Please answer! I have been wondering for ages! I have tried google and all sorts, but can't find the answer.
Part of the answer is found in recognizing the King imagery of a throne and who sits on a King's 'right hand' in ancient monarchies:
Of course God the Father is omnipresent and does not literally sit anywhere, so the throne that he sits on is representative of his original authorship and ruling position over all that has been created by his will. The eternal Son also does not literally sit anywhere and along with the Father and the Spirit omnipotently rules over creation, so the question is really about the Trinity and their respective roles in redemption. To get down to the root of the question then, it seems reasonable to assign the imagery of a Father on a throne with his Son on his right hand with the human aspect of the redemption obtained in Christ.
From the gospel we see the Father beginning the process in 'sending' the Son. The eternal Son, entering humanity through the incarnation, was a work to restore creation to its original glory. In Christ's resurrection his human nature was raised up as the Lord of the universe and so those who believe in Christ are actually seated there as well in him:
The only remaining question is what about the Holy Spirit, why is the Spirit not also said to be sitting on a throne? Well, the imagery sort of automatically answers it. The Father sent the Son and through his resurrection lifted the human nature of Christ into a universal lordship over all creation 'by the Spirit'.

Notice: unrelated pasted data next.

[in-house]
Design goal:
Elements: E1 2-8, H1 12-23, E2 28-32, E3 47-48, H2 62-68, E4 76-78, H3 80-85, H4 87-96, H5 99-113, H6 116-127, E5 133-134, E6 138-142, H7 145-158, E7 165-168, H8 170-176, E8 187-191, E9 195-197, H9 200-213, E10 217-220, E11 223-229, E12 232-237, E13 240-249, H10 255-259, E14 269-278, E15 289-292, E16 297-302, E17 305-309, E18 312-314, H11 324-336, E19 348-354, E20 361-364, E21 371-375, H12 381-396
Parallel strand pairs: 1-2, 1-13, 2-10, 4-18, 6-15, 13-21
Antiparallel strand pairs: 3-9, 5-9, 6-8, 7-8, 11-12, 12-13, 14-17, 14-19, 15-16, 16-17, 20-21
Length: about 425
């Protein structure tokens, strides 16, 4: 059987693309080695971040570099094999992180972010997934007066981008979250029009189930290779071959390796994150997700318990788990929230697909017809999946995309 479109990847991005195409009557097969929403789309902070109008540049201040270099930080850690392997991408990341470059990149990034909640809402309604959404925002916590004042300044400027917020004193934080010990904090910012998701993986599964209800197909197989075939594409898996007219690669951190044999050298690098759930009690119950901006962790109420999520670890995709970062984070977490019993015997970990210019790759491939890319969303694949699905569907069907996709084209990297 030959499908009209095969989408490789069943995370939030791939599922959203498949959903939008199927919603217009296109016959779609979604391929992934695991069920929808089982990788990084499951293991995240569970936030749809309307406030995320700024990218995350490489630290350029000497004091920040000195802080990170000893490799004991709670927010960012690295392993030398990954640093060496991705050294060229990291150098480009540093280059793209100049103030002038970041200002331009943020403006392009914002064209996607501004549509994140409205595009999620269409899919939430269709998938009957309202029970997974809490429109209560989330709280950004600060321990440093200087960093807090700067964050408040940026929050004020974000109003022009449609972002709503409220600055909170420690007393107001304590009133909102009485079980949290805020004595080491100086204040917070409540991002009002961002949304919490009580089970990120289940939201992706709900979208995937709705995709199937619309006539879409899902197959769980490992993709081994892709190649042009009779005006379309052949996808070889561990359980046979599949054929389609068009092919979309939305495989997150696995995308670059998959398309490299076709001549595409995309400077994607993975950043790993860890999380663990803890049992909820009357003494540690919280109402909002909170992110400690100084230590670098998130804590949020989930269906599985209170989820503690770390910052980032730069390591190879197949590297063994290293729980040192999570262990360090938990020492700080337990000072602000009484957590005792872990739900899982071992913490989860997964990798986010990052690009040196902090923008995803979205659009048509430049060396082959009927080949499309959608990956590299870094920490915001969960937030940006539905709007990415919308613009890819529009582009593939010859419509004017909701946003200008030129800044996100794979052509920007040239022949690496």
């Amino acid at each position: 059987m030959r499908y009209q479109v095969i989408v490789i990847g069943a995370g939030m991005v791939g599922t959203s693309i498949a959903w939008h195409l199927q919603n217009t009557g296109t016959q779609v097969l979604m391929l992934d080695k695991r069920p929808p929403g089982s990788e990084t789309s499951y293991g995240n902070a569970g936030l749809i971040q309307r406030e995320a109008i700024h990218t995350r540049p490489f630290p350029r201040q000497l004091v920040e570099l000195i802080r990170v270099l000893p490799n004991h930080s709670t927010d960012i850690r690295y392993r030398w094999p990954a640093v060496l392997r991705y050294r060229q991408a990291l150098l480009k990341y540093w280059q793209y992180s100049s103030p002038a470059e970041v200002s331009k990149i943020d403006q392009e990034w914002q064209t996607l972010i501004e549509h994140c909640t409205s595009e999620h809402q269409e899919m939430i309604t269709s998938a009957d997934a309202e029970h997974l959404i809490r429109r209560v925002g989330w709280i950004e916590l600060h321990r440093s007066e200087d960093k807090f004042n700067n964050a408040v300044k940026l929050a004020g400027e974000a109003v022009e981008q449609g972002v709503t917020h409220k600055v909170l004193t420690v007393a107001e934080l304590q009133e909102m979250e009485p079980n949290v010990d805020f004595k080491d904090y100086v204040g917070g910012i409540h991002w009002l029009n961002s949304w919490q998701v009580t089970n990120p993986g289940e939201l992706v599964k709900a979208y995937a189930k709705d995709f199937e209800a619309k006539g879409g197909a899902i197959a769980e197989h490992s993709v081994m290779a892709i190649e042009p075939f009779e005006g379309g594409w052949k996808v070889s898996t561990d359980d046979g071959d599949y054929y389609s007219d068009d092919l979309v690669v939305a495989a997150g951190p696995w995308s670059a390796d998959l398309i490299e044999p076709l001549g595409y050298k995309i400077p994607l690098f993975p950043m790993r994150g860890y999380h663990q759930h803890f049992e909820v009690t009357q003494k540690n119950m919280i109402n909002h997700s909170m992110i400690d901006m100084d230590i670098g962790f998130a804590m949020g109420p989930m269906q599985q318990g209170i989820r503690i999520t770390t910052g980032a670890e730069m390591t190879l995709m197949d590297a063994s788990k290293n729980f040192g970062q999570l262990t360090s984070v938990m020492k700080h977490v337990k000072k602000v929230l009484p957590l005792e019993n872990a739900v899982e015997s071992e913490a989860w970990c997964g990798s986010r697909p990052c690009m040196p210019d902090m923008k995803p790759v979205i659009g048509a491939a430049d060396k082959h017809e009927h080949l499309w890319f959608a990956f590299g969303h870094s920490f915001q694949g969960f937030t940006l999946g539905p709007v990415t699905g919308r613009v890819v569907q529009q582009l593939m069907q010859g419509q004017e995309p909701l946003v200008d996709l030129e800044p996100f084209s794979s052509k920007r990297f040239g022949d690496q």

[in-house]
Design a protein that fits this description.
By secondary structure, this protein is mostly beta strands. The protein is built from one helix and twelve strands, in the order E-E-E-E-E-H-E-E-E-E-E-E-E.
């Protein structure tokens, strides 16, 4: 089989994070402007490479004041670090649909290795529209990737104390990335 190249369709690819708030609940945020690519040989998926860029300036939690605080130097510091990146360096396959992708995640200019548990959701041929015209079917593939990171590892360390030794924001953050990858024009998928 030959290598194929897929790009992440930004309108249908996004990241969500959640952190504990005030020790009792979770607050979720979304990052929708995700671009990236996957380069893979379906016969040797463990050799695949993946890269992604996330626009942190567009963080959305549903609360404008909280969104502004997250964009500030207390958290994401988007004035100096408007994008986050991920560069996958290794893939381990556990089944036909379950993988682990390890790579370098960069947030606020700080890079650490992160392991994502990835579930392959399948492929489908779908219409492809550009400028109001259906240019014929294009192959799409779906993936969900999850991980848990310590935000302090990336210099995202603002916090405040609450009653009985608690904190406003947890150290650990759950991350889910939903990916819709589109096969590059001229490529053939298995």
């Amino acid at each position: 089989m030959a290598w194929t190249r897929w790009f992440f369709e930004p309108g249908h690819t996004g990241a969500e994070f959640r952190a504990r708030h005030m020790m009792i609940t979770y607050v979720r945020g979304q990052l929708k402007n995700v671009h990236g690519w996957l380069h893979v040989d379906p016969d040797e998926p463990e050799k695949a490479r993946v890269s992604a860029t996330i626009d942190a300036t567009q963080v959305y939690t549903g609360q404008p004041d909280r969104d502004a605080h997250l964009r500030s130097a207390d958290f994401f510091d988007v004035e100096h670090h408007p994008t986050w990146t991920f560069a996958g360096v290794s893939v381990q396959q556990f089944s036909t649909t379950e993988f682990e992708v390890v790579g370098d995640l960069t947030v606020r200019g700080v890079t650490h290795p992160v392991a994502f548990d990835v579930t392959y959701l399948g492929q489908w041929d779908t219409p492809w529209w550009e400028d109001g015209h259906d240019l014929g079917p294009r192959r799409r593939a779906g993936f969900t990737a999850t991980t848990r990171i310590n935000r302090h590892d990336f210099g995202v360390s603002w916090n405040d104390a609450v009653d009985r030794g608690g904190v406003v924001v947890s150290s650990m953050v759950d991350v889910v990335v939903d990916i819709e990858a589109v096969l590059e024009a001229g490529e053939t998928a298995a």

The Spirit who acts as the immediate presence of the Father through the Son, who performs and perfects the works of God among us is the communicator of the kingdom of God in us, so that even though we still live on the earth, we are mystically united into Christ and experience heaven at God's right hand, inheriting the universe and eternal life. Therefore, the Spirit is filling all in all in the imagery and lifting us up into heaven according to the Father's will. The Father and the Son are 'sitting' and 'sending' the Spirit, therefore, the Spirit can't be sitting in the imagery, as the Spirit is always 'being sent' to ensure God's will is done on earth as it is in heaven.
Jesus and the Father are one God, but they are two people. Two people deserve two seats.
To expand slightly, according to mainstream (i.e. Trinitarian) Christianity, Jesus and the Father are separate persons. In fact this passage is considered evidence that Jesus is not simply a different manifestation of God the Father. I recommend consulting a detailed explanation of the Trinity for more information.
Mike gives an excellent answer describing the imagary, by the way.